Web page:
Terrorize this!

Team America: World Police

A member of <i>Team America: World Police</i> asks the camera, “Hey, film reviewers who would rather go see Richard Gere hit on J-Lo in a chick flick than watch nonstop puppet-ninja action, terrorize <i>this</i>!”

A member of Team America: World Police asks the camera, “Hey, film reviewers who would rather go see Richard Gere hit on J-Lo in a chick flick than watch nonstop puppet-ninja action, terrorize this!”

Rated 3.0

Trey Parker and Matt Stone, the boys behind South Park, strike again with Team America: World Police, their new adventure comedy about a U.S. rapid-response force in the war on terror. Whenever terrorists show up with their weapons of mass destruction, Team America swoops in to blow them away—along with any unfortunate bystanders and landmarks that happen to get in their way—the Louvre, the Eiffel Tower, the Sphinx and the Pyramids.

As all the world surely knows, Team America has a gimmick: It’s a puppet show. This is actually a canny move on the part of Parker and Stone; it seems as though whenever they move into regular filmmaking—with 1997’s Orgazmo, say, or 1998’s Baseketball—their movies stink, and they don’t make a dime. But when they stick with the gimmicks, as they do with their animated, foul-mouthed spin on the Little Rascals in South Park, the novelty puts a shine on what otherwise might be some pretty lame jokes.

Like South Park, a cartoon about kids but definitely not for kids, Team America takes a children’s genre and twists it into something aimed at an older set. Exactly how much older is hard to say. The movie is rated “R,” but that doesn’t necessarily mean that it’s suitable for adults. Let’s just split the difference and say it’s aimed at 14-year-old heads on 17-or-older bodies.

The movie opens with a Team America raid on Paris that leaves the city a flaming shambles, with one Team America member dead. I forget his name (Dirk? Trent?), but he was the fiancé of Lisa, another member of the team (the rest are Chris, Sarah and Joe; the team leader—the guy who sits in his command chair back at headquarters, barking orders in a stentorian voice—is named Spottswoode). Dirk/Trent’s replacement on the team is Gary, a great actor from the hit Broadway musical Lease; Spottswoode decides that what the team needs most is an actor who can go undercover with the terrorists and expose their evil plans. Eventually, they square off against North Korea’s Kim Jong Il and his plans to destroy the world with the unwitting, unthinking assistance of Michael Moore, Alec Baldwin, Tim Robbins, Susan Sarandon, Sean Penn, Helen Hunt, George Clooney and other Hollywood lefties.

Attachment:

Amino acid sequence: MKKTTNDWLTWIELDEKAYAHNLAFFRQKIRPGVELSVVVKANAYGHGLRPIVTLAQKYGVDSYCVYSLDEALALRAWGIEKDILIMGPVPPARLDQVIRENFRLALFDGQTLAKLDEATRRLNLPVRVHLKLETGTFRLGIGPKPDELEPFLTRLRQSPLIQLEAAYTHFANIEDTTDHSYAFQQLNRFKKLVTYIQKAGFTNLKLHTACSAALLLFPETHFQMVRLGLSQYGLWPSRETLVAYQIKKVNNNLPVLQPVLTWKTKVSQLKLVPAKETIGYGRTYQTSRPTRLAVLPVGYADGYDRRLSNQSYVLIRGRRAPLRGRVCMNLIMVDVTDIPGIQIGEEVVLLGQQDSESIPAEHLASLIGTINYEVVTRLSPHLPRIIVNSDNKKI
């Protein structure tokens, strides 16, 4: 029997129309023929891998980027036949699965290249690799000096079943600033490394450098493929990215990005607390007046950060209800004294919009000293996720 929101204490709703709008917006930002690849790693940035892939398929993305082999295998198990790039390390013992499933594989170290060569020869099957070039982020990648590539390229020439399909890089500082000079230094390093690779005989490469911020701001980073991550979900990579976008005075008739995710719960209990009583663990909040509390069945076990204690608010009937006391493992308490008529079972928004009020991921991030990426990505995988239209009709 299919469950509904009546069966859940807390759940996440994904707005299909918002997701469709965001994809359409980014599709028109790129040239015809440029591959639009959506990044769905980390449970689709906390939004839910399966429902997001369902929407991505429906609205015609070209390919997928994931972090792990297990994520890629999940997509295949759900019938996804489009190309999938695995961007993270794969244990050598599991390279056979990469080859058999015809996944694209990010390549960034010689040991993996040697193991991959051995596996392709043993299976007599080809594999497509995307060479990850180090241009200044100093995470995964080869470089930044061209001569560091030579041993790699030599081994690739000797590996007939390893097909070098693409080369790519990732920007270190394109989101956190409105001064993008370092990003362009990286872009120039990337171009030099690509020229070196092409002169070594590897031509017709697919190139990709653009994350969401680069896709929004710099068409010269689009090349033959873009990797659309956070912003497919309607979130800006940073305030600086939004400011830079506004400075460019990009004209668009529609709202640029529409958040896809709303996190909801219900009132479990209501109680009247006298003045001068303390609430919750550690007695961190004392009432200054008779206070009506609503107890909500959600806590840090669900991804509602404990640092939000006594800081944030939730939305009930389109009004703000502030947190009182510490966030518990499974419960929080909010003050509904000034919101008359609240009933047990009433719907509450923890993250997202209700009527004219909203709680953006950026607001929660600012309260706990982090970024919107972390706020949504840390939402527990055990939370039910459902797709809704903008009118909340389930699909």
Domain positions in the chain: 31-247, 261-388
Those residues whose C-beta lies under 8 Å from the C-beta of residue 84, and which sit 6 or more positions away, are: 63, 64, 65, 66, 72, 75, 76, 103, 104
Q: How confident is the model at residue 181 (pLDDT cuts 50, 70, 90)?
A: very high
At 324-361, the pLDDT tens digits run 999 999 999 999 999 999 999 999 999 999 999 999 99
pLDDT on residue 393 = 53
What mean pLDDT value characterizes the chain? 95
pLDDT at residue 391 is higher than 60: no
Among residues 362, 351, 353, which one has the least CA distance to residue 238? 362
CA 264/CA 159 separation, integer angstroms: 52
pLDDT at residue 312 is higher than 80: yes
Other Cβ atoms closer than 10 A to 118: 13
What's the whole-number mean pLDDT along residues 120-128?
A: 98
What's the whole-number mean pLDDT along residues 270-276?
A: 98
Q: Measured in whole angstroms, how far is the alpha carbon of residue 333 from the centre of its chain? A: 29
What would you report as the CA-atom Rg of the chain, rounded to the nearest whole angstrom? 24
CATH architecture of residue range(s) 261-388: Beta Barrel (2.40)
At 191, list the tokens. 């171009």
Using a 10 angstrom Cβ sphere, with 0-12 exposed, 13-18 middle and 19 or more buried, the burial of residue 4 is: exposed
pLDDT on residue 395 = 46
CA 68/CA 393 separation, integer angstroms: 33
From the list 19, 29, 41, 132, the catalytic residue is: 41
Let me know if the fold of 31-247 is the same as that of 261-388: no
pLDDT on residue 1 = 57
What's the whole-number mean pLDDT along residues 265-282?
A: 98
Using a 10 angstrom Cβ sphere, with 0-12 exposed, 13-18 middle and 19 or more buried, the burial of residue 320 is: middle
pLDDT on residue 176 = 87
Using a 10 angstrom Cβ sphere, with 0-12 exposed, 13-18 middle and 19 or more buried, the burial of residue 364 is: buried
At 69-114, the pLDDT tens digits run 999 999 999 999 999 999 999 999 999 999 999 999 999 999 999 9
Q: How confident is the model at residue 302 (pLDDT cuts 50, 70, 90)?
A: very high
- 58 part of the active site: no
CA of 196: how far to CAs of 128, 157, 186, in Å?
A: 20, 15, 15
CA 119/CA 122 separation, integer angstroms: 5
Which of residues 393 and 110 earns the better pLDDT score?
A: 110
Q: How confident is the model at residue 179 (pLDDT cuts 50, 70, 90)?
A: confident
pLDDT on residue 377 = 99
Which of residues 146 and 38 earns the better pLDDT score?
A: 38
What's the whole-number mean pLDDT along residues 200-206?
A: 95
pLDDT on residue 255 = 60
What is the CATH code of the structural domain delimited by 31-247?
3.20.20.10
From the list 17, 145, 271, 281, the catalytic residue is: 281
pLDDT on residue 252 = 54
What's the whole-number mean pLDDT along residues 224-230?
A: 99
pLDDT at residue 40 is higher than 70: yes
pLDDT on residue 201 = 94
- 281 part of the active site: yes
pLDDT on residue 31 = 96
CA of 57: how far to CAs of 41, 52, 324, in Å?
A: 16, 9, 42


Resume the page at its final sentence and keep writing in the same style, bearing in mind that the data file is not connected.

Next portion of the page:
I don’t really want to go into any more detail than that. Not because I’m worried about spoiling anything, but because I feel like I’ve already spent more time on the story than Stone, Parker and Pam Brady did when they whipped up their script (for which I’m sure they got paid a lot more than I’m getting for writing about it).

The most striking thing about Team America: World Police is its contradictions. The movie’s sophomoric naughty-boy humor masks what is, just under the surface, a carefully calculated piece of mass-market commerce. And despite its blithe profanity, studious “bad taste” and eagerness to be an equal-opportunity offender, it’s really rather timorous.

The first half of the movie is a merciless putdown of blundering American jingoism, bragging about fighting the forces of evil while destroying everything in sight. Then, at almost exactly the halfway point, Stone and Parker suddenly pivot their guns and start firing in the opposite direction. In their little table-top puppet world, Kim Jong Il really is evil (we see him literally feeding Hans Blix to the sharks) and bent on bringing about the end of civilization. Hollywood’s most outspoken political activists are abetting his plans with their knee-jerk anti-Americanism and mealy-mouthed give-peace-a-chance platitudes. Stone and Parker are covering all their bases; they pretend to spare no one while giving everyone something they can agree with and laugh about.

And even if you never laugh at any of the jokes, there’s the puppetry to hold your interest, with its retro-Thunderbirds/Fireball XL-5 nostalgia. (The puppets were designed by Norman Tempia and built by the Chiodo brothers, Charles, Stephen and Edward; the production designer was Jim Dultz; cinematography is by Bill Pope.)

Team America: World Police makes a show of pretending to offend everyone. In fact, though, it reaches for the widest possible audience, and it doesn’t miss a beat.